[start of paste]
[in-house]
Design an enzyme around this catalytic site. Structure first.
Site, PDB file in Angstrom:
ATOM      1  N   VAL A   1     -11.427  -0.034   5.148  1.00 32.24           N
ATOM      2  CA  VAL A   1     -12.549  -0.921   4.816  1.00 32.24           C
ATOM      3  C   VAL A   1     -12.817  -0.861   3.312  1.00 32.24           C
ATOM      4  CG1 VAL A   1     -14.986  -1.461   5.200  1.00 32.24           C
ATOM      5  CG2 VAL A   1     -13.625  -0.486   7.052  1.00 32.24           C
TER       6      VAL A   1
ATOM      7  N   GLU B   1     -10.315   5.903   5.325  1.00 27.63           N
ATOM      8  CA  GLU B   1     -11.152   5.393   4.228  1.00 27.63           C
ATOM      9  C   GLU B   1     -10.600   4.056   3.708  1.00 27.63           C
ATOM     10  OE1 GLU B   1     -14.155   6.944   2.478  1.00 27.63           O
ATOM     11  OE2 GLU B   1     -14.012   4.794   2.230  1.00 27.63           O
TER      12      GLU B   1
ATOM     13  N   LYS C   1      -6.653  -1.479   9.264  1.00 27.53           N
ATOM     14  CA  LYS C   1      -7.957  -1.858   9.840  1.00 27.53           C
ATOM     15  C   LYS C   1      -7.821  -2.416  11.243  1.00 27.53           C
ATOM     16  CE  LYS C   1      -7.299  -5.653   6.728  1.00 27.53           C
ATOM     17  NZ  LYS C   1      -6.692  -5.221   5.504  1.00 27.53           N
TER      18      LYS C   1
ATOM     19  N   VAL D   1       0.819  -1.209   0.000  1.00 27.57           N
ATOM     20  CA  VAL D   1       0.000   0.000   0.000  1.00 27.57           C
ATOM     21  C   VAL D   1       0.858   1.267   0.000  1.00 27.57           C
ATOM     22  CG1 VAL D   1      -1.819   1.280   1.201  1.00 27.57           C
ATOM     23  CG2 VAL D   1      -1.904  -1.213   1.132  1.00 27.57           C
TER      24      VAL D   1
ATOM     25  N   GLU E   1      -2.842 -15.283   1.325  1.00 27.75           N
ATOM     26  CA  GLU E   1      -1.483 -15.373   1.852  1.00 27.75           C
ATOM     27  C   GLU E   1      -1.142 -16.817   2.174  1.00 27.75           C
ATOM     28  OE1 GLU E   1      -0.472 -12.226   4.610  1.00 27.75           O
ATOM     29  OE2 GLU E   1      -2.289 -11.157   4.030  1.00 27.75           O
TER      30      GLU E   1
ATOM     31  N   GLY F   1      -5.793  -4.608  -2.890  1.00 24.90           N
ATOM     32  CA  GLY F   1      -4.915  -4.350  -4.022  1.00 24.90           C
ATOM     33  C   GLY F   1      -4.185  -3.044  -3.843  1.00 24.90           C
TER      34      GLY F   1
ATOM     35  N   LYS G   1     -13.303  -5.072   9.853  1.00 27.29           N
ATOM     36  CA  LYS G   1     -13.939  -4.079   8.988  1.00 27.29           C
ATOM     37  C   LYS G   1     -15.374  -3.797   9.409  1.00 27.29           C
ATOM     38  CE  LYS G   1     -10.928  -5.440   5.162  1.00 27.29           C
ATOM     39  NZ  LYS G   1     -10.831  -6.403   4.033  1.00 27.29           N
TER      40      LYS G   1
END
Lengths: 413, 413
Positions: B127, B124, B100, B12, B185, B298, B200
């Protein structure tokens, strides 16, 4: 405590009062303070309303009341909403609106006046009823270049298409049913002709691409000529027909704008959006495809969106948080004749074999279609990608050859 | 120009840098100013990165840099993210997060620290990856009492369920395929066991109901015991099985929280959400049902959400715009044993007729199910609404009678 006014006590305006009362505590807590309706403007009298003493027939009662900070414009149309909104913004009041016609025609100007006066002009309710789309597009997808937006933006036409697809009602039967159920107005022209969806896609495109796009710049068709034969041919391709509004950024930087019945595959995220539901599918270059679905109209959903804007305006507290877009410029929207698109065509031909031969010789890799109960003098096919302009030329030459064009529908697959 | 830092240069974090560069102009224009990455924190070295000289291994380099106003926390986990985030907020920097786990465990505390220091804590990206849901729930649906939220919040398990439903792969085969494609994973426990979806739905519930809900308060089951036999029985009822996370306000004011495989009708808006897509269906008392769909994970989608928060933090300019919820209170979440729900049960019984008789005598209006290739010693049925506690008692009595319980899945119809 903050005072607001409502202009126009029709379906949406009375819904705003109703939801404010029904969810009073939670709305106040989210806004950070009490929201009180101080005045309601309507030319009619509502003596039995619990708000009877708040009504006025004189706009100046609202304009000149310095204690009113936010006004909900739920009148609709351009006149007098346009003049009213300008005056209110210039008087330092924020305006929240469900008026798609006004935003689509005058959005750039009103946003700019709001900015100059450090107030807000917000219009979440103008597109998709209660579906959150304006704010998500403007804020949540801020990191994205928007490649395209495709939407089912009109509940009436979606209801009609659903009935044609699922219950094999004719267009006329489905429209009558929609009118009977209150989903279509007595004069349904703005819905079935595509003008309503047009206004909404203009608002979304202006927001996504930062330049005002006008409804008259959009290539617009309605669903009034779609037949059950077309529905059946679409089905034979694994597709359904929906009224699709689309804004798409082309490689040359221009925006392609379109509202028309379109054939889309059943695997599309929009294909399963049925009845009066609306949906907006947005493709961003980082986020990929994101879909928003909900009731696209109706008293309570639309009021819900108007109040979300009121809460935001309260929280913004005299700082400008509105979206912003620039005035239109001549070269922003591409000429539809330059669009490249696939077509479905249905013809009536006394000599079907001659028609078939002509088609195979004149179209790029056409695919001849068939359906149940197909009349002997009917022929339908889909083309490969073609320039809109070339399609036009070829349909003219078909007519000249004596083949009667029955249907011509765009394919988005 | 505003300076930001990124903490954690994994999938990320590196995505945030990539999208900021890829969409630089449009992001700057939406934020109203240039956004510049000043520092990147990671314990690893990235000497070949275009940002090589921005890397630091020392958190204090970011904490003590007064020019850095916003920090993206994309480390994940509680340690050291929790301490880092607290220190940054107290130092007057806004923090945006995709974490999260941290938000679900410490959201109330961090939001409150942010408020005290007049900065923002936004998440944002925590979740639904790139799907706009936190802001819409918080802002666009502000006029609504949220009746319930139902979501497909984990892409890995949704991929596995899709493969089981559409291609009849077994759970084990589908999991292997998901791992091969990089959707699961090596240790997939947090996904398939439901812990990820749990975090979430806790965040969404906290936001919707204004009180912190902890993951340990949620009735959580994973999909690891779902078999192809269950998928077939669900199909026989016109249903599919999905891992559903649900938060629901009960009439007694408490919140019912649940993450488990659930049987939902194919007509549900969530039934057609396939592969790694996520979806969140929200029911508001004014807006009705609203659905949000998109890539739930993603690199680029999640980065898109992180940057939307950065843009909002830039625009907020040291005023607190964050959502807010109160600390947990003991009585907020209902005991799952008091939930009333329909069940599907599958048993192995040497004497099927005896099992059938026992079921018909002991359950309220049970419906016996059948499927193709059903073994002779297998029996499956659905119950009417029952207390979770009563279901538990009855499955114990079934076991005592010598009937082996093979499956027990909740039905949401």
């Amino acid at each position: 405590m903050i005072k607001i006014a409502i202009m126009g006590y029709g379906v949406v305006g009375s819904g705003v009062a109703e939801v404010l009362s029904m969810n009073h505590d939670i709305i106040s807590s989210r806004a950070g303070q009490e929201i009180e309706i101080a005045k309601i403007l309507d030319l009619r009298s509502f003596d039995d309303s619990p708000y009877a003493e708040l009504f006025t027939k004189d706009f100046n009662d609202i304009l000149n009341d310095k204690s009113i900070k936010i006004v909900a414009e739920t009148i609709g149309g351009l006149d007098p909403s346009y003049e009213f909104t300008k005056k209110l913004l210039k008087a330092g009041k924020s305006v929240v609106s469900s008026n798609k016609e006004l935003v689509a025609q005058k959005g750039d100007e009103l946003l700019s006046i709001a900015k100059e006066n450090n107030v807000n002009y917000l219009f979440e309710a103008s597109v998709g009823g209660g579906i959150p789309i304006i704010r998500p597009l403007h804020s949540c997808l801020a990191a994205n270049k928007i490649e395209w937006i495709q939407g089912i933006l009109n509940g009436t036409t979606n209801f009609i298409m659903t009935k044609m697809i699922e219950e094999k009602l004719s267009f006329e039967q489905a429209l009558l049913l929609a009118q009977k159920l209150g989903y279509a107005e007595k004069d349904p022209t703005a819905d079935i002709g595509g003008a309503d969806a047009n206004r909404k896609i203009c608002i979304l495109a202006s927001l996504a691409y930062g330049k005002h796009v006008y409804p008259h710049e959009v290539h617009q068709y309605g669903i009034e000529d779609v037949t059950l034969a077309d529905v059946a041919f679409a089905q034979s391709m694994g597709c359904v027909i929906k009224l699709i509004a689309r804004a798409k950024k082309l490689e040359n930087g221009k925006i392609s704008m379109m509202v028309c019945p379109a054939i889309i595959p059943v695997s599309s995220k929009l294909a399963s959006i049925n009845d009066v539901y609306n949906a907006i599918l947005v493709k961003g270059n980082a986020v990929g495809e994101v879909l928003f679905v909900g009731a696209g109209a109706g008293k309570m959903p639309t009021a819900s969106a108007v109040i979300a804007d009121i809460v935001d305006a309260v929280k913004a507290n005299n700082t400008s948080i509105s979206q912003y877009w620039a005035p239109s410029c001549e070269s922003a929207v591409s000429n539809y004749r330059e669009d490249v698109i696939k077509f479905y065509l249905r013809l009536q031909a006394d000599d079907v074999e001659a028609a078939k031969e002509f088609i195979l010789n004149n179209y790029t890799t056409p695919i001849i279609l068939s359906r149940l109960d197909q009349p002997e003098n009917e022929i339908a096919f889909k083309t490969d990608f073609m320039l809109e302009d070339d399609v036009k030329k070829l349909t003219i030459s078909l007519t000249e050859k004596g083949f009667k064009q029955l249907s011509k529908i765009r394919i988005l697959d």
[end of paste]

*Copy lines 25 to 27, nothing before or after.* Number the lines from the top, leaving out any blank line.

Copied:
ATOM     22  CG1 VAL D   1      -1.819   1.280   1.201  1.00 27.57           C
ATOM     23  CG2 VAL D   1      -1.904  -1.213   1.132  1.00 27.57           C
TER      24      VAL D   1